Popular sovereignty, the foundation of democratic politics, is based on the idea that legitimate authority rests with the people. Many current policy issues challenge this foundation and threaten to become crises of popular sovereignty, and of democracy itself. Current debates on Brexit and Catalonia, or the resurgence of anti-immigrant nationalism in the West, raise fundamental questions about who constitutes “the people”, when and how they should participate in collective decision-making. Within liberal democracies, what rules define civic membership? How were these established and how have they changed over time? Is it possible to distinguish between different, more or less respectable, criteria for inclusion/exclusion? How should these criteria be evaluated, and by whom?
Ira Katznelson is Ruggles Professor of Political Science and History at Columbia University. Prior to his position at Columbia, he taught at the University of Chicago and the New School for Social Research, where he was dean of the Graduate Faculty. His latest book Fear Itself: The New Deal and the Origins of Our Time (W.W. Norton’s Liveright imprint, 2013), which has been awarded the Bancroft Prize in History and the Woodrow Wilson Award in Political Science, sheds light on a pivotal moment in the history of the United States and of liberal democracy. Photo by Eileen Barroso.
Ewa Atanassow is Professor of Political Thought at Bard College Berlin and her research and teaching interests focus on questions of nationhood and democratic citizenship, and more broadly on the intersection of ethics and psychology in the liberal tradition of political thought, with emphasis on Tocqueville. She is the co-editor of Tocqueville and the Frontiers of Democracy (Cambridge University Press, 2013). Her articles and reviews have appeared in American Political Science Review, Global Policy, Journal of Democracy, Kronos, Nations and Nationalism, Perspectives on Political Science, Przeglad Polityczny.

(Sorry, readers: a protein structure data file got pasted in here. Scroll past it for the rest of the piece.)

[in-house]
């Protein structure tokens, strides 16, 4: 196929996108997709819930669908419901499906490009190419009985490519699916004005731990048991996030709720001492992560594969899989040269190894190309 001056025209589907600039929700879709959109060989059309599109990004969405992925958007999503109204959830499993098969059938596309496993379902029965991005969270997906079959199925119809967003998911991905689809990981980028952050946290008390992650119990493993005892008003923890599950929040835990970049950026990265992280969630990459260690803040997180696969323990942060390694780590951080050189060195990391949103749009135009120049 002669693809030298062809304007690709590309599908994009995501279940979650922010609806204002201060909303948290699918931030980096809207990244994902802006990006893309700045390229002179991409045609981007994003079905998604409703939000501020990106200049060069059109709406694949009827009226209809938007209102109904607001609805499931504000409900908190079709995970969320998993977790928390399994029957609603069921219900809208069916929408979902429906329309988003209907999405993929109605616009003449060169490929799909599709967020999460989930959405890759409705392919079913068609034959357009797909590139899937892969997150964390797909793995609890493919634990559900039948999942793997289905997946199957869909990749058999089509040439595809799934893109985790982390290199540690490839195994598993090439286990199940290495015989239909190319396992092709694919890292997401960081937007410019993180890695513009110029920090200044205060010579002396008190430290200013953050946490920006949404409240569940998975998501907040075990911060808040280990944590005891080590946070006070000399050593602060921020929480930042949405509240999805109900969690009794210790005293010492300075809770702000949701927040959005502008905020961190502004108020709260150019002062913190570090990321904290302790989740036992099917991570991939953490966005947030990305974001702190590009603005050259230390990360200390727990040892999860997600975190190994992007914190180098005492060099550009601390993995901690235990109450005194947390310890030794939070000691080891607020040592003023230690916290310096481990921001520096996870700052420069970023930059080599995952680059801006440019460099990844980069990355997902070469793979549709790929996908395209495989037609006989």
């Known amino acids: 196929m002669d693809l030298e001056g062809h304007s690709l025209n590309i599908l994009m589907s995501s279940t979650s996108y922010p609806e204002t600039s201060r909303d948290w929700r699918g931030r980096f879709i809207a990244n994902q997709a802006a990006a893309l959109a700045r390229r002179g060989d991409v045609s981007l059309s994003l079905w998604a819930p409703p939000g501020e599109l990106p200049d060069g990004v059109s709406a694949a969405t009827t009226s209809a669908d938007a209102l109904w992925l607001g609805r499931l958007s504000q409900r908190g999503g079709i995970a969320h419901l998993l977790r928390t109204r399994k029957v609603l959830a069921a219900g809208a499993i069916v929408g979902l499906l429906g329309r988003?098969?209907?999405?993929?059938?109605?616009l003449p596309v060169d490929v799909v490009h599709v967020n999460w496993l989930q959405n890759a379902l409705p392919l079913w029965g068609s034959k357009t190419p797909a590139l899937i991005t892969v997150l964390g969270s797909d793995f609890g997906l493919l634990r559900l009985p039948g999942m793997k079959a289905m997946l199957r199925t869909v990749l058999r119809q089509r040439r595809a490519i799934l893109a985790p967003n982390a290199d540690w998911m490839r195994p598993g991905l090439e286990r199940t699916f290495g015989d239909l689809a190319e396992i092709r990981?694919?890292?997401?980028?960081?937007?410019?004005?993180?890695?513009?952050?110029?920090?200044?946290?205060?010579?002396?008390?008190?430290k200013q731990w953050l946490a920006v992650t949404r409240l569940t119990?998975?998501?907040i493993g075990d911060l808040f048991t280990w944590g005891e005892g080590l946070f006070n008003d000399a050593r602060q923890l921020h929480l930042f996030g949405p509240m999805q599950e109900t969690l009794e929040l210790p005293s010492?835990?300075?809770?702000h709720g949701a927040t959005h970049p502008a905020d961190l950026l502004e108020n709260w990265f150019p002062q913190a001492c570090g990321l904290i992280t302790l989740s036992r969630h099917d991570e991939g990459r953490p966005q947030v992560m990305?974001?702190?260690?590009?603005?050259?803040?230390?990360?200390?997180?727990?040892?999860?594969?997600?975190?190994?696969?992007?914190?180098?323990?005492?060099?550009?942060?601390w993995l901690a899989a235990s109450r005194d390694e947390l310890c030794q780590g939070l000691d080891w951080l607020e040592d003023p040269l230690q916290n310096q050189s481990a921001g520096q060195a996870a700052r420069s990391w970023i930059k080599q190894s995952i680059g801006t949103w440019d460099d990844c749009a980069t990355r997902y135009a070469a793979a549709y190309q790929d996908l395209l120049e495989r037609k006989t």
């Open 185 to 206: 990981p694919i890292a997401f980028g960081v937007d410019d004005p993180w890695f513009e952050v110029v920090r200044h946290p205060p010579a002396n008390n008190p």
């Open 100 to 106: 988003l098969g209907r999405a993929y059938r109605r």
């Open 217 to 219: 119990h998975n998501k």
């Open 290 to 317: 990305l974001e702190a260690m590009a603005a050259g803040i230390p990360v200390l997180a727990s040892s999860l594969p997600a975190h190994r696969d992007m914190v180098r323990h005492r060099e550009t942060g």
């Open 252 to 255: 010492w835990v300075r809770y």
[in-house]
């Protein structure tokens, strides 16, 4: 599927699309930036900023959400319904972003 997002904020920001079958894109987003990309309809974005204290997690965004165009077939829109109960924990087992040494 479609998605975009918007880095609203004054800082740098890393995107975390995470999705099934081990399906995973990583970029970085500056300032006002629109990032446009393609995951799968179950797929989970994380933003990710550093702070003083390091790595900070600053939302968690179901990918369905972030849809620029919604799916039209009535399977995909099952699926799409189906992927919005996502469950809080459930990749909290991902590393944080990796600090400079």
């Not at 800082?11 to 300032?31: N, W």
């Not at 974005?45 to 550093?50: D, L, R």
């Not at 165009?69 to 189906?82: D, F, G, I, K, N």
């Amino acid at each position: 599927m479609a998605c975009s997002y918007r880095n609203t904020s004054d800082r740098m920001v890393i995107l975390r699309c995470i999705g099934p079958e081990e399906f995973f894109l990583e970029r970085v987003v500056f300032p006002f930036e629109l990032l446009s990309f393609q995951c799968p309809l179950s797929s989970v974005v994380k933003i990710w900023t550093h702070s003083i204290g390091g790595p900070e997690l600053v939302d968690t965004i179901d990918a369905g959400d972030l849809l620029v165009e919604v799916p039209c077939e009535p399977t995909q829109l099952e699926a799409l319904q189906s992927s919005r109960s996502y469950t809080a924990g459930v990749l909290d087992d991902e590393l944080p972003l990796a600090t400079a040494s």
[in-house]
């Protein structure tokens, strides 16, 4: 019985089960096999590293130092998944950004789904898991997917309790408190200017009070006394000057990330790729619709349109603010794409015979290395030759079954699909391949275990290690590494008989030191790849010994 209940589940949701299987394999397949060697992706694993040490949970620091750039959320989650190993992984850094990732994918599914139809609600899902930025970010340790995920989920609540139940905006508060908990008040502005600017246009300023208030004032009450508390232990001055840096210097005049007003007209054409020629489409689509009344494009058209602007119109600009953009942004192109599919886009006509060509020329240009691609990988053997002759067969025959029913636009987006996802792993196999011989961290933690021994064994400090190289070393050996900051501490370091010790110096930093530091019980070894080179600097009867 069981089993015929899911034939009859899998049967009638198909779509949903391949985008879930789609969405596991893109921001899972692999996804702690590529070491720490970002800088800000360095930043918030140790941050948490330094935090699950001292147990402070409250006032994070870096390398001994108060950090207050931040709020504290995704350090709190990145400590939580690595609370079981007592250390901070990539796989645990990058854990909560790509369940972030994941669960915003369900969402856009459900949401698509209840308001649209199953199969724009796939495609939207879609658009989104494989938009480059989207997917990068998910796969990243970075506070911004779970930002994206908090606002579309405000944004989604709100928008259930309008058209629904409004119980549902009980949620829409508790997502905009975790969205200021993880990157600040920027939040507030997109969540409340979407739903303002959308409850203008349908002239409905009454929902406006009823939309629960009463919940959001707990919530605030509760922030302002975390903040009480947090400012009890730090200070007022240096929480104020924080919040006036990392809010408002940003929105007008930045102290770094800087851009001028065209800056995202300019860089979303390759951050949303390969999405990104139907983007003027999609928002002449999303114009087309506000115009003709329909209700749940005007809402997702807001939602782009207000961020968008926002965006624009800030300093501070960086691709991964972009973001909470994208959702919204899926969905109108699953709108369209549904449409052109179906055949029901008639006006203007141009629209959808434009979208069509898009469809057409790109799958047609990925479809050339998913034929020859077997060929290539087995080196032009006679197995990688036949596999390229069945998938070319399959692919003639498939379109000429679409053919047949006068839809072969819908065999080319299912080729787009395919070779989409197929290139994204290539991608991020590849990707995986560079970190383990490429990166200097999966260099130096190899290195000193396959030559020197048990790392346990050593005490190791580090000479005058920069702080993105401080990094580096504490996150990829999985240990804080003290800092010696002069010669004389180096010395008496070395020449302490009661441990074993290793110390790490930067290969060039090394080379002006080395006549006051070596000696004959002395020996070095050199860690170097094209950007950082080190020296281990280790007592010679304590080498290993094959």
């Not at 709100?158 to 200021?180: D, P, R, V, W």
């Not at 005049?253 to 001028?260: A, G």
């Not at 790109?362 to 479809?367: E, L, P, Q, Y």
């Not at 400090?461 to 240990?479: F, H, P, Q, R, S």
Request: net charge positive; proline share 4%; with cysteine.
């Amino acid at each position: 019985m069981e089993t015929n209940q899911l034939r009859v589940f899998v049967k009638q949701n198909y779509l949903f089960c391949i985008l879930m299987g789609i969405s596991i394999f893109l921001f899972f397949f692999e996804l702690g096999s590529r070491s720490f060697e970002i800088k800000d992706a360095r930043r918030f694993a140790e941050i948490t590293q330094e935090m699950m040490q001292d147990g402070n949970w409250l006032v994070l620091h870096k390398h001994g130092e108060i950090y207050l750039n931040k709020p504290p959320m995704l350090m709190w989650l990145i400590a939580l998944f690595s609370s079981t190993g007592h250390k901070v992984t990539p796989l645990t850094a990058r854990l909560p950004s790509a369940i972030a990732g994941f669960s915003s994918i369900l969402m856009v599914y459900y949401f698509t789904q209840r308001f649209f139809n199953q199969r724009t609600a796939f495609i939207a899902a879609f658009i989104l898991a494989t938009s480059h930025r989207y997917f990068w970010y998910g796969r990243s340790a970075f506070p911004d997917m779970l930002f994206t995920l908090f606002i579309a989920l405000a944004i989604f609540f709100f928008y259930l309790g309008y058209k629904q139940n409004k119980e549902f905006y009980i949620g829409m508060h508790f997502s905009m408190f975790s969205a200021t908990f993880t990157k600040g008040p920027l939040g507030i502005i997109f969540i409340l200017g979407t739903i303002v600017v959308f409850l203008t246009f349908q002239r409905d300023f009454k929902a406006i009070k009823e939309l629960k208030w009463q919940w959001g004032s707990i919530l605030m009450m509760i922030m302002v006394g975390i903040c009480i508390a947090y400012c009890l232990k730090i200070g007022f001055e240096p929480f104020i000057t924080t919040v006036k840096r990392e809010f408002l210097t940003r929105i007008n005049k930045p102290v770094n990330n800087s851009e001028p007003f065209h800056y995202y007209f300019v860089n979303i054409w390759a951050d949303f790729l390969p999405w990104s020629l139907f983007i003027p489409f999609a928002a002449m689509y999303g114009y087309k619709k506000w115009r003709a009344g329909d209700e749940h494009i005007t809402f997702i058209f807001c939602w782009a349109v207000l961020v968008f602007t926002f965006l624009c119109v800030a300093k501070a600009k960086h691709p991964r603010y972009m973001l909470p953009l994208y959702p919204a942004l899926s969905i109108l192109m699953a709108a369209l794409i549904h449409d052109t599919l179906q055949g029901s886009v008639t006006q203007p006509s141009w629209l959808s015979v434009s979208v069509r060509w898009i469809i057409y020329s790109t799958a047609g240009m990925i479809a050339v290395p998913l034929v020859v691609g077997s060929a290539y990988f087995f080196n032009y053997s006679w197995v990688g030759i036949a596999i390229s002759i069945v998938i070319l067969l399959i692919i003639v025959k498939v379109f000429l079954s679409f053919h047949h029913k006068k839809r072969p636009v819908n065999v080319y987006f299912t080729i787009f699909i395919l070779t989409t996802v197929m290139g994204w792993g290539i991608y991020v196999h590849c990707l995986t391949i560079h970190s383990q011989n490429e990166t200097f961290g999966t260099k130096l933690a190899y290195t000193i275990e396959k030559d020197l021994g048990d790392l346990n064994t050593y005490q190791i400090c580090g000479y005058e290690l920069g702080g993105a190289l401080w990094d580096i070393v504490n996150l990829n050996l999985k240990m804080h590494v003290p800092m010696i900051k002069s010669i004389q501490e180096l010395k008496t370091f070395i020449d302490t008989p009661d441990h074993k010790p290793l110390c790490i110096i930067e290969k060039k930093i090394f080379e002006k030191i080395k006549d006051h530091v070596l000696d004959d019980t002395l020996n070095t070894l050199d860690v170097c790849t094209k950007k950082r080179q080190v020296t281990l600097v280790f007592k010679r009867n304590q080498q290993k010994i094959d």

Helmut K. Anheier is President of the Hertie School of Governance and Professor of Sociology. His research centres on indicator systems, social innovation, culture, philanthropy, and organisational studies. Anheier is the principal academic lead of the Hertie School's annual Governance Report (Oxford University Press).